Tuesday, 26 April 2011

Galloway and Ailsa Craig

With four days off work, good weather and nothing planned, I set off in my trusty paddle waggon to see where I would end up. The Mull of Galloway looked enticing on the map, and for good measures, it was spring tides too.

I parked up at Sandhead in Luce Bay, threw a few bits and pieces in the boat and was under way in less than half an hour. Visibility was not that great...

...but the sea was lovely and calm.

As I approached the Mull, I wasn't entirely sure what to expect. I could hear a roaring noise from a long way off but couldn't see any frothy stuff.

I couldn't really see anything much. The GPS said I was shooting past at 20 km/hr so I guessed that I was actually in the race. It was a bit hard to tell it was so flat. Finally I found an eddy line and paddled in to the cliffs.

Loads of fantastic crinkly rocks. Just as I was thinking of moving on, I saw the flash of a paddle in the distance. As I got closer the blur resolved itself into two paddlers, and who should I bump into but Mark and Heather Rainsley. I think they were out paddling when they should have been working, but don't tell anyone! We made a very tentative plan to meet up on Ailsa Craig on Thursday and then went our own ways. In my case this was to camp at Port Logan.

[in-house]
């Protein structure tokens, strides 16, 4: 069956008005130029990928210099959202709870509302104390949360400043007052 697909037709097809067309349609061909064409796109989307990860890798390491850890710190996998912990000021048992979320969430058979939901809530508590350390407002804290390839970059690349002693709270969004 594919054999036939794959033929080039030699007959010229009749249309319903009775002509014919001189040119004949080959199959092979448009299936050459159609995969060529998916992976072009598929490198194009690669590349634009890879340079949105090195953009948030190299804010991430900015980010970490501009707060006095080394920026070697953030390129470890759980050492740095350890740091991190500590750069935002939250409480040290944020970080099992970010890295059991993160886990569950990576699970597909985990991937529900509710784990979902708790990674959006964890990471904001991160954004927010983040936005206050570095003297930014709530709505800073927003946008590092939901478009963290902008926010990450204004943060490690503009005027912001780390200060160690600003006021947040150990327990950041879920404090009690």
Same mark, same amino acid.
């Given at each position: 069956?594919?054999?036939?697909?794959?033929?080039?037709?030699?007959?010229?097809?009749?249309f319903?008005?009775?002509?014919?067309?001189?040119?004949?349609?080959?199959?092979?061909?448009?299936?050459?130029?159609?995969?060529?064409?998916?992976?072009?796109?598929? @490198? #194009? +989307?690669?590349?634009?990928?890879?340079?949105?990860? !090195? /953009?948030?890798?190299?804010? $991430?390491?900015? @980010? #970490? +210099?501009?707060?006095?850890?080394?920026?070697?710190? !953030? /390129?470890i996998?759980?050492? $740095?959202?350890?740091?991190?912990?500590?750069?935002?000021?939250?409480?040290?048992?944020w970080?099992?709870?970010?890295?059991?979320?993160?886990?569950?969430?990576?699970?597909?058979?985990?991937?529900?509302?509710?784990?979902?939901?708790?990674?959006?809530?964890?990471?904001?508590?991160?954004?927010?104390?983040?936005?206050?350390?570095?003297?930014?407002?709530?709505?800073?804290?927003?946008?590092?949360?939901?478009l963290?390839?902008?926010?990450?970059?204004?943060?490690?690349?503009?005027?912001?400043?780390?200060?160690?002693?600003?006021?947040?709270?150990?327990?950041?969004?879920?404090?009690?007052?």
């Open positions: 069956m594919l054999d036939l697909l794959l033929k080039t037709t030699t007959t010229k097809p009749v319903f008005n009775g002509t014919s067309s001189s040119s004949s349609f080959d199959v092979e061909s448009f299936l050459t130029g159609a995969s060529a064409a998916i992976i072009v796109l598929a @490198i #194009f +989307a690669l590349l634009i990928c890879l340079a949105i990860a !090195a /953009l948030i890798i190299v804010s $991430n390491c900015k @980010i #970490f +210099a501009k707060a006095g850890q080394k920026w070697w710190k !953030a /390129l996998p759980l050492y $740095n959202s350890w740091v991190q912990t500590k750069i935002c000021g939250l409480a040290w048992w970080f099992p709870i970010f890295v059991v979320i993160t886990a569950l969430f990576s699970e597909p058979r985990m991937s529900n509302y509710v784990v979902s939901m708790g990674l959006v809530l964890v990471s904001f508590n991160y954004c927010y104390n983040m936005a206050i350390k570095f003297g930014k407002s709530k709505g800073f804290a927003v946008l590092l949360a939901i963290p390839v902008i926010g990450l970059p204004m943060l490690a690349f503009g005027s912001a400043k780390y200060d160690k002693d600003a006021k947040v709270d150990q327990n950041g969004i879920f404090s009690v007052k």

Next morning I was up early and on my way, to see if I could get within striking distance of Ailsa Craig. The coastline was spectacular, loads of stripy, crinkly cliffs and plenty of birds nesting. I stopped for lunch at Port Patrick and then had a favorable tide speeding me on my way north.

I found a perfect camp spot in Lady Bay, just within Loch Ryan...

...where I could watch the ferries as I cooked my dinner.

Next day, I was up and packed early ready to set off for the 28km crossing to Ailsa Craig. Mark told me he'd be leaving Lendalfoot at 10, so I reckoned I'd leave Lady Bay at 8 and meet him there at 12. As I set off I could see the outline of Ailsa craig on the skyline but it wasn't to last. About 3km in, the mist appeared and I was on my own with just a compass course to follow. Finally about 10km from the rock, I could see it.
I arrived to find the island deserted. I thought I had been stood up. After no more than five minutes I saw paddles over the pebble bank and Mark and Heather appeared round the corner.

We explored the area around the buildings, had lunch and then set off for a circumnavigation before heading back to Lendalfoot. The cliffs on the far side of the island were spectacular, more so because every ledge had a nesting gannet in situ.

Finally, our time was up and we set off for Lendalfoot together. The crossing was soon over. Just having company made the paddling easier.

Here's a map of my route. Thanks are due to Mark and Heather for suggesting a trip to Ailsa Craig. I probably wouldn't have thought of it myself.

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